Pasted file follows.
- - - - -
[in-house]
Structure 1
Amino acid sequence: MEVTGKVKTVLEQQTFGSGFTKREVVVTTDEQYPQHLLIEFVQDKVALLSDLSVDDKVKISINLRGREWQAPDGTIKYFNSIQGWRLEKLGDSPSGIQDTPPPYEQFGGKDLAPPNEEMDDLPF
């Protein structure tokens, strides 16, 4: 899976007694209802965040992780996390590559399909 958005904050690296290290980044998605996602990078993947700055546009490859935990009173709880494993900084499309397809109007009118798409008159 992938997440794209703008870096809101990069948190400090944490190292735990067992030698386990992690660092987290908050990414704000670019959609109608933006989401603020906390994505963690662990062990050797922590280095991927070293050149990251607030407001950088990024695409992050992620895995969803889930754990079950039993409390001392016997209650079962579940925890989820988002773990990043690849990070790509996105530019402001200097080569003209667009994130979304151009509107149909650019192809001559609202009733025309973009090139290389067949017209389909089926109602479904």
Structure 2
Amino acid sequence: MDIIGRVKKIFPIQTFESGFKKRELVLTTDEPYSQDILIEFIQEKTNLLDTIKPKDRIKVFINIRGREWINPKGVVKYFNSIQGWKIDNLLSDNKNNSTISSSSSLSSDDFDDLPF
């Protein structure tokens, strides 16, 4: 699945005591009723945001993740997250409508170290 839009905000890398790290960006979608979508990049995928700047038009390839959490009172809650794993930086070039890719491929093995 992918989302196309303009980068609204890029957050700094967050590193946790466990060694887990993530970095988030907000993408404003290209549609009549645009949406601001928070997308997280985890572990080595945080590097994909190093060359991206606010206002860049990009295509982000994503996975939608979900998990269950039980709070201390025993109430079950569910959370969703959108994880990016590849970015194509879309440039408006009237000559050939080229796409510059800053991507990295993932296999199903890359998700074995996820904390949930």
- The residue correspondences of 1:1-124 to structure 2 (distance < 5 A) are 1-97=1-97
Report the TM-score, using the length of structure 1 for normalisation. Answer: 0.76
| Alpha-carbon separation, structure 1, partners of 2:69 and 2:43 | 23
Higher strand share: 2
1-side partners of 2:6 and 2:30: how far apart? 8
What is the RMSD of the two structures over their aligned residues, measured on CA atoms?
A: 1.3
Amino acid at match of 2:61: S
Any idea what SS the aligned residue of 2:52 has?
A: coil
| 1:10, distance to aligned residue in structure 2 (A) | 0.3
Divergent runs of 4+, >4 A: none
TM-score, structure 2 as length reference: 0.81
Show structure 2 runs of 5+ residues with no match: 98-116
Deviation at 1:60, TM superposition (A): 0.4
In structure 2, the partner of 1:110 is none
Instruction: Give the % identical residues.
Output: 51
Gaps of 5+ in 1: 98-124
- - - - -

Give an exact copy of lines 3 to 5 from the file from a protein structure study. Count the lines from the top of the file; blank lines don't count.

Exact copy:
Amino acid sequence: MEVTGKVKTVLEQQTFGSGFTKREVVVTTDEQYPQHLLIEFVQDKVALLSDLSVDDKVKISINLRGREWQAPDGTIKYFNSIQGWRLEKLGDSPSGIQDTPPPYEQFGGKDLAPPNEEMDDLPF
């Protein structure tokens, strides 16, 4: 899976007694209802965040992780996390590559399909 958005904050690296290290980044998605996602990078993947700055546009490859935990009173709880494993900084499309397809109007009118798409008159 992938997440794209703008870096809101990069948190400090944490190292735990067992030698386990992690660092987290908050990414704000670019959609109608933006989401603020906390994505963690662990062990050797922590280095991927070293050149990251607030407001950088990024695409992050992620895995969803889930754990079950039993409390001392016997209650079962579940925890989820988002773990990043690849990070790509996105530019402001200097080569003209667009994130979304151009509107149909650019192809001559609202009733025309973009090139290389067949017209389909089926109602479904």
Structure 2